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Two Renton residents among first graduates of county's HERO program

Returning to civilian life after spending time in the armed forces can be difficult for veterans. One of the biggest challenges is finding a job in a tough economic climate.

King County is assisting veterans making the transition to civilian work through the Heroes Employment Reintegration Opportunity (HERO) Program. The program offers six-month paid internships to qualified veterans, along with support services tailored to men and women re-entering the civilian workforce.

"Veterans are a highly skilled and capable group of workers, but it can be difficult to translate their military training into civilian employment," said King County Executive Dow Constantine. "Our HERO Program helps bridge the gap between military and civilian life by giving veterans the tools they need to succeed."

During a ceremony Monday in the King County Council chambers, the first group of graduates from the HERO Program, including two Renton residents, was recognized by Executive Constantine and King County Councilmembers.

Each veteran was also presented with a special coin inscribed with a King County logo and the seals of each branch of the U.S. military. Similar coins are often presented to servicemembers by their unit commanders in recognition of special achievement.

Among those honored today were Corrie Maxwell and Jason Schluter, both of Renton.

Schluter, who is originally from Renton and lives there now is a specialist in the U.S. Army. He served at Kunsan Base in South Korea, McGregor Range in New Mexico, Fort Bliss in Texas and Fort Sill in Oklahoma. Schluter is working with King County Elections.

Maxwell is originally from Yakima, but today calls Renton home. Maxwell was a petty officer third class in the U.S. Navy and U.S. Marine Corps and has served Served at the Naval Dental Clinic, Naval Air Station Moffett Field, Calif.; the Naval Dental Center in San Diego; and with the 1st Dental Battalion, 1st Force Service Support Group, Camp Pendleton, Calif. Maxwell is applying for the dental hygiene program at Seattle Central Community College for the fall of 2014 and will be working with the Department of Community and Human Services, Community Services Division.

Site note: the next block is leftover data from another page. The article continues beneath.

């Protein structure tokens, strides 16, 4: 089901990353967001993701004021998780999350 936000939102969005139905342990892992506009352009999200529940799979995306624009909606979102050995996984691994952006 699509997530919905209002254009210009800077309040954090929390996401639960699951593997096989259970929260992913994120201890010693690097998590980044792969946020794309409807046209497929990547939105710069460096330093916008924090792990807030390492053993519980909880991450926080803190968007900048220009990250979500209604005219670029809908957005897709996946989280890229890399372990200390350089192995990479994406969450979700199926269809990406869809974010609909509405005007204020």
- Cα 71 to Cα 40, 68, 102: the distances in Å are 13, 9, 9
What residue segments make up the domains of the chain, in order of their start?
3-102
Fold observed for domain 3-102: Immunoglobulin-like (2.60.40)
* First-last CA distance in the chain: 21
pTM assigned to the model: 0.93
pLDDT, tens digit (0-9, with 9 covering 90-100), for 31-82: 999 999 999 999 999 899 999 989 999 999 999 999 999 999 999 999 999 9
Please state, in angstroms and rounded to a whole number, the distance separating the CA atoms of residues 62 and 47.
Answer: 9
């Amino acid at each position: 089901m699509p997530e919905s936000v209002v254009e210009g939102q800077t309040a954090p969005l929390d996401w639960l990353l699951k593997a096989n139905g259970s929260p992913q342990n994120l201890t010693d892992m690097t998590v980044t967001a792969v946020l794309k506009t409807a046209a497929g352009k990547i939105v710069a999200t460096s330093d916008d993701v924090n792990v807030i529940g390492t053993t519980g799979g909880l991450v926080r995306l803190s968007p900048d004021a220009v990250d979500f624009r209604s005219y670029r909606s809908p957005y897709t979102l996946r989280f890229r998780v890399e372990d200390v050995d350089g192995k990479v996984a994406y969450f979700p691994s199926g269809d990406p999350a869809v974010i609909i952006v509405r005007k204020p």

"When I drafted this legislation, I never could have envisioned how successful the Veteran Internship program would be in assisting these heroes make the transition into the civilian workforce," said Councilmember Reagan Dunn, the prime sponsor of the ordinance creating the HERO Program. "We have now all seen first-hand the success of this program and I look forward to its continued growth. I encourage other public and private entities to look into implementing this program in their own organization."

"The first graduates of the HERO Program are a reminder of the experience and skills those who have served our country can provide any employer," said Council Chair Larry Gossett. "Their time with us has allowed us to begin to repay our debt to them by helping these heroes translate those skills into the civilian workforce."

"Our veterans have served our country with honor and I am pleased with the results of the HERO Program," said Councilmember Pete von Reichbauer, who is himself a veteran. "These internships give our veterans meaningful jobs, and will help them develop new skills which will give them an advantage in today's competitive job market."

"It is clear that King County's HERO Program for veterans is a huge success," Council Vice Chair Julia Patterson said. "Through this program, this highly skilled group of veterans is now better positioned to secure long-term employment and continue their transition back to civilian life."

"Congratulations to the graduates of a program that helps our returning veterans successfully compete for jobs," said Council Vice Chair Jane Hague. "It has the potential to be an example for implementation by other public and private entities."

The HERO Program is partially funded through the King County Veterans and Human Services Levy, which was reauthorized by voters in August 2011. The HERO Program is jointly administered by the King County Human Resources Division and the Department of Community and Human Services Veterans Program. The goal of the King County Veterans Program is to connect veterans and their families to health care, housing, education, employment, and other services they need to successfully transition from military service to stable and productive lives in the civilian world.

 

For more information about the HERO Program, call 206-477-3261 or visit www.kingcounty.gov/jobs. For information about the King County Veterans Program, visit www.kingcounty.gov/veterans.

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